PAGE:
Tuesday Poem: “Phoenix Foundation” by Harry Ricketts

Phoenix Foundation
(for Will)

‘Ent-tnt': that was what you used to call
an elephant. You’d say ‘I carry
you’ when you wanted to be picked up.

Each time we read that page in Peter
and Jane
where the farmer is getting
ready for work, you’d shout out ‘Boots on!’

because on walks you wore your red boots.
You had long yellow curls like Little
Lord Fauntleroy, a Leicester accent

thick and ruddy like the local cheese.
Once in the grocer’s in Stoneygate,
an old lady bent down, stroked your hair,

murmured: ‘What a very pretty boy.’
‘Fook off!’ you said, starting at your boots.
She jerked her hand away as though stung.

Years after, I see you running round
and round a room, arms flapping wildly.
You stop. ‘I can’t fly,’ you say, surprised.

But here tonight you’re standing stage right
behind your barricade of drums. Shaved
head, black singlet, sticks raised, you might be

the sorcerer’s lastest apprentice.
The guitars kick in, the blue light spins,
your hands begin to fly.

“Phoenix Foundation” appears in Harry Ricketts’s new collection, Just Then. “El Prado,” another poem from the collection has previously featured as a Tuesday Poem my blog. For me, “Phoenix Foundation” captures the tender relationship between father and son, but without reducing it to sentimentality.The son is innocent, abrasive, naive, and independent. The father is protective, proud, and inspired. I also enjoy the poem’s clever construction : the “Ent-tnt” at the start mimicking the sound of a drum hi-hat; the repetition of the child’s boots. I myself was inspired by Ricketts’s light touch.

The poem is also funny (“‘Fook off!'” yells the little boy to the old lady), and many of the poems in Just Then use humour and understatement. But the book has a lot of variety. Older poems dating back to 1975 play with form and rhyme. There are poems about poetry, reading, sex, departed friends, and boyhood. The most memorable for me were two poems about second-hand books that imagine the previous owners through the books’ inscriptions and book plates. In terms of boyhood, I’ll leave you with this snippet from “Some flotsam”:

Swearing at School

It was as though
if we said the f-
word often enough
it might come true.

The poem is reproduced with permission of the author. For other great poems check out the Tuesday Poem hub.

Tuesday Poem: ‘El Prado’ by Harry Ricketts

El Prado

A damp morning, just a touch nippy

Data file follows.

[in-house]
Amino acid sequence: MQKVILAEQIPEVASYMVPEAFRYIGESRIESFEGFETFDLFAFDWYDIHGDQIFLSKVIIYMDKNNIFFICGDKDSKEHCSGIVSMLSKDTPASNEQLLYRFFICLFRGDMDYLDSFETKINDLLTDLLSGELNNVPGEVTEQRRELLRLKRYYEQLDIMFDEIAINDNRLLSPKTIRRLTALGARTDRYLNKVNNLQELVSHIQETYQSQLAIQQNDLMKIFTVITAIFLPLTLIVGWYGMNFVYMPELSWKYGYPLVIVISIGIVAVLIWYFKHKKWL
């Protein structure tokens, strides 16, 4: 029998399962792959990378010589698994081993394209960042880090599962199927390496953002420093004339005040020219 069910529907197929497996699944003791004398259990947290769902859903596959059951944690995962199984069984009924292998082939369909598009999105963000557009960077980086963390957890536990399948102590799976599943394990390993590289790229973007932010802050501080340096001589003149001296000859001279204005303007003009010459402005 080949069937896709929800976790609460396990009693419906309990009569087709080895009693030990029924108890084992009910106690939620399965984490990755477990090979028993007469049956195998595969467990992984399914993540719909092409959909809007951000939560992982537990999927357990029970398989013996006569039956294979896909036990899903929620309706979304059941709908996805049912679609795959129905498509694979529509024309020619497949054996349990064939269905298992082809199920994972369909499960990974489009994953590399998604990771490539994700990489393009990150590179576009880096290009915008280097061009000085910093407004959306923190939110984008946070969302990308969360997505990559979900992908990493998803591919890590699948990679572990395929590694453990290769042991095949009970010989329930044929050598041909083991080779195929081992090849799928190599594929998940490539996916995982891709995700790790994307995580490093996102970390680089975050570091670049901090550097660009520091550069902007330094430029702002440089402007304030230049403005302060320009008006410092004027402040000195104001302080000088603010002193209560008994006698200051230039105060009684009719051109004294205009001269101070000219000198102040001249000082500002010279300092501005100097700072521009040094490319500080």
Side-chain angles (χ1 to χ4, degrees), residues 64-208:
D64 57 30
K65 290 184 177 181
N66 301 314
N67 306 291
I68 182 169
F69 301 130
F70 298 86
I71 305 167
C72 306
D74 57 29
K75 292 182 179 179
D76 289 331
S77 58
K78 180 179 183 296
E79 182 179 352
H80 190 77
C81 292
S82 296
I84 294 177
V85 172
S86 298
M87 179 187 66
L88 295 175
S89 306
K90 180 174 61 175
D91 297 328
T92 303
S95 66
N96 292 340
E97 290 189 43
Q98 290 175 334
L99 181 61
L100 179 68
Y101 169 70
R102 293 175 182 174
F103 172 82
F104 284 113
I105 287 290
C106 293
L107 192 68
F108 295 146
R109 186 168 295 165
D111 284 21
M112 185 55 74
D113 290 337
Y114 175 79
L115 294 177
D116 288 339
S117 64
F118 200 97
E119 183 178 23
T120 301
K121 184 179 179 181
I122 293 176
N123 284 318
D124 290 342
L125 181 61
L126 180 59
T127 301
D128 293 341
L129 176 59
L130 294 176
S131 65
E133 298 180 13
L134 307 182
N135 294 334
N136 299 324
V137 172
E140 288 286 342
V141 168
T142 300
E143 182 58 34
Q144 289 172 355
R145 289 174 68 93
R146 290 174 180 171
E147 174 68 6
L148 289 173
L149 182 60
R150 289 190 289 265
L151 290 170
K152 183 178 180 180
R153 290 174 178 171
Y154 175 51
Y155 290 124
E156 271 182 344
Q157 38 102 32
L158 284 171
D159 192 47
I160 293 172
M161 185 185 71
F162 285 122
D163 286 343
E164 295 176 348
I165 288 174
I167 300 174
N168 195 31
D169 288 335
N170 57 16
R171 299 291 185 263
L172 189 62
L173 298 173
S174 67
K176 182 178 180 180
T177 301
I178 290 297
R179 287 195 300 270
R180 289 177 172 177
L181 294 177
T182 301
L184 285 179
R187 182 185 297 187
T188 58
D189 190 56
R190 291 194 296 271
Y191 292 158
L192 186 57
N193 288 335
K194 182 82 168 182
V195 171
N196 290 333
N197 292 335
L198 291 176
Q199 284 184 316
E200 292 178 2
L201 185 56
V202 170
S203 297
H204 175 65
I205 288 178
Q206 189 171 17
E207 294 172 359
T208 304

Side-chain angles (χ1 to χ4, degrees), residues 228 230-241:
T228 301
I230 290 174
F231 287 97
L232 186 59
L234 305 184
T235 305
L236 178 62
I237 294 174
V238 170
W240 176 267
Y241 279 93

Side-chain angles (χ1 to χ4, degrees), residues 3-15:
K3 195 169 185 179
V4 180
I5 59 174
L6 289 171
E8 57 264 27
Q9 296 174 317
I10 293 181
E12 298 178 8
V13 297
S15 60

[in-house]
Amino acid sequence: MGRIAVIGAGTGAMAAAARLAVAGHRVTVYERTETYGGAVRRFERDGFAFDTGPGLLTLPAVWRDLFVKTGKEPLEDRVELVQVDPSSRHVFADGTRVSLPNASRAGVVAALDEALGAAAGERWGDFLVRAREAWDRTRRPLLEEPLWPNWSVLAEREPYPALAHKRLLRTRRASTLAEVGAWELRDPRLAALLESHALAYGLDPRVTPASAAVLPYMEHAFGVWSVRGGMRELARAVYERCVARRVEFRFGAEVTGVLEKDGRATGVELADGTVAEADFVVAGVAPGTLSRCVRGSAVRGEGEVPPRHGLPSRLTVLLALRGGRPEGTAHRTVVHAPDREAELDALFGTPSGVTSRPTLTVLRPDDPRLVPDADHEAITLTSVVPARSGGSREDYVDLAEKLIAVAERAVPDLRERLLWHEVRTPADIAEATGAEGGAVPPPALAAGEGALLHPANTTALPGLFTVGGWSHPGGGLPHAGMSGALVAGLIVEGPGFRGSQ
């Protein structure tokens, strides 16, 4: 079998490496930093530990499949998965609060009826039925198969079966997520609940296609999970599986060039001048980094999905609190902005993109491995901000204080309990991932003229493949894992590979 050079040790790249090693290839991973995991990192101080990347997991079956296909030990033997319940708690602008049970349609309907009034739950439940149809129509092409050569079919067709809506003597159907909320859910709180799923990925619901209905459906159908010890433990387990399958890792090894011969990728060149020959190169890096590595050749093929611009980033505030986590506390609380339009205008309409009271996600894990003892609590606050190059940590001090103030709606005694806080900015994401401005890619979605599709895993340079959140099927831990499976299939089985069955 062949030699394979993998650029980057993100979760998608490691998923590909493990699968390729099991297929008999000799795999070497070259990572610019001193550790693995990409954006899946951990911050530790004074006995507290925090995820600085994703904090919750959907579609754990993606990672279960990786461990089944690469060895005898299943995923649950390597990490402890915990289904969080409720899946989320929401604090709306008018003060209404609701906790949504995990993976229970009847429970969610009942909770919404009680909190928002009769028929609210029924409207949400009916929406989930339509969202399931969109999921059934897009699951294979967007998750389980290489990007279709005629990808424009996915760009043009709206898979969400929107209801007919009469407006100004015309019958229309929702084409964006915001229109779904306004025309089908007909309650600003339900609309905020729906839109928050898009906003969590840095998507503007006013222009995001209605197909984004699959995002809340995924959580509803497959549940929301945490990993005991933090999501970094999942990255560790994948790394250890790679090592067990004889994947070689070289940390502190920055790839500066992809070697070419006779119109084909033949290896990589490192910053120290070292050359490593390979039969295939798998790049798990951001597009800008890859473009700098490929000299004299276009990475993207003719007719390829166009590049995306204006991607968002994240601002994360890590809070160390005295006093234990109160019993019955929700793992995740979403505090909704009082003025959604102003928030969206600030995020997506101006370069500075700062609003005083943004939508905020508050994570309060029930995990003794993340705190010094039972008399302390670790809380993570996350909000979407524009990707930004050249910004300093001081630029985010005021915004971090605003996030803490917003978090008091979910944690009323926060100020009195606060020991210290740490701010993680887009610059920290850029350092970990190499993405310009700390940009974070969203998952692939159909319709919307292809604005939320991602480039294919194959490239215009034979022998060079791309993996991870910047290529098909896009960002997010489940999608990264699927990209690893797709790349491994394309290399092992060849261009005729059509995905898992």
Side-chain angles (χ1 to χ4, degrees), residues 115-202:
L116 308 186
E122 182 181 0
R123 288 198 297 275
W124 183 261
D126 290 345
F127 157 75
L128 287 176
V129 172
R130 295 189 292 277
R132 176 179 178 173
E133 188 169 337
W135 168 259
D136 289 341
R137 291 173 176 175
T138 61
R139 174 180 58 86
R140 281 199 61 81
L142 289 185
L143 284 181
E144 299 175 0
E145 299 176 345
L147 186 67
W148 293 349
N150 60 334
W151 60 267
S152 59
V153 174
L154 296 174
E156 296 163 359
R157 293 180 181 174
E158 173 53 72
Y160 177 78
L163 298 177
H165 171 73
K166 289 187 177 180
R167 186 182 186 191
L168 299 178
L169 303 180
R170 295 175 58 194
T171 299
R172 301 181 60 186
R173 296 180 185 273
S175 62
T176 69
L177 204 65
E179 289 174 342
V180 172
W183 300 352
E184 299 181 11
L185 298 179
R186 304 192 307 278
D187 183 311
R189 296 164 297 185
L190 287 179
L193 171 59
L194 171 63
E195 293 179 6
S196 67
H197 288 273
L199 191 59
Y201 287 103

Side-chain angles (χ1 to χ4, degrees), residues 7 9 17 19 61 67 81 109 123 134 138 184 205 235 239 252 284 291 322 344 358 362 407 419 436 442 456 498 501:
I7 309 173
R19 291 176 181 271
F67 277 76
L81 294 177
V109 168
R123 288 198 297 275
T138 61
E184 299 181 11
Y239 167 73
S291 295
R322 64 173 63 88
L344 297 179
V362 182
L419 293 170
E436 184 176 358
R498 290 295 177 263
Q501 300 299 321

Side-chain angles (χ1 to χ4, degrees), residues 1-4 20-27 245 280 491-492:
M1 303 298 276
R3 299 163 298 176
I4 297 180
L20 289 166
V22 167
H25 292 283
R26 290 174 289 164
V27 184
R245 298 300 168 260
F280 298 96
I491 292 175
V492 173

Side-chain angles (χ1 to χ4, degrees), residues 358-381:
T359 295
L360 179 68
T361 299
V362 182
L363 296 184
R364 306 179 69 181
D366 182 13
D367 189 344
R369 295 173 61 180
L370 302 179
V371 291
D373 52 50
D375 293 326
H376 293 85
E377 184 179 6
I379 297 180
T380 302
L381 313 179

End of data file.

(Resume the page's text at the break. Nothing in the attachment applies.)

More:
for January. You’re here
in this indoor meadow, this art-house barn,
randy for epiphany,
or at least hoping to be surprised.

So Raphael’s Transfiguration
is certainly dramatic –
in fact, quite literally uplifting.
So why does that boy agoggle
at Christ levitating leave you cold?

Thirty-five years ago with a head
full of Gormenghast, Seventh
Seal, Crow, the Velvet Underground, you’d have found
El Greco’s silver-lit e-
longations ‘really weird’, but not now.

Now what hits home is Saint Barbara
by Parmigianino,
a left profile. Her face shines with youth.
Braided, brown hair hangs on her
right shoulder. She’s holding – what? – a part

of the tower daddy’ll shut her up in.
Her upper lip curves over
slightly. She wears rather a chic pink
number, such an inward look.
She knows exactly what lies ahead.

And here, opposite Van der Velden’s
flesh-heavy Deposition,
Robert Campin’s Annunciation.
Mary’s a blonde, long, straight hair,
bit plump. A nice girl lost in a book

and apparently quite unaware
of the heavenly rays round
her head, beamed down from top left,
or Gabriel patiently
kneeling, wings half-furled, with some pretty big news.

Harry Ricketts is a New Zealand poet, reviewer and cricketer who teaches creative non-fiction and English at Victoria University. His New Zealand Book Council bio states Ricketts “studied English at Oxford University and lectured in Hong Kong and Leicester before arriving in New Zealand to a post at Victoria University in Wellington in 1981. He has edited collections of verse, critical essays, and other works of non-fiction and his acclaimed biography of Rudyard Kipling was released in 1999. His poetry is defined by dramatic and satiric devices and tones, often grounded in personal commentary.”

Ricketts’ most recent book New Zealand Sports Writing was released in June 2010 and features eighty pieces of writing selected by Ricketts that cover a wide range of sports. You can read a full review of the book on Beattie’s Book Blog. ‘El Prado’ previously appeared in The Warwick Review in 2008. For me this poem is quite timely because I am heading to the Prado in just a few weeks. The poem deftly mixes the imagery of art with a whimsical voice that allows the poem to talk to ideas of perception and youth without being heavy. The result: a funny but pointed piece.

You can enjoy other Tuesday Poems on the Tuesday Poem Blog.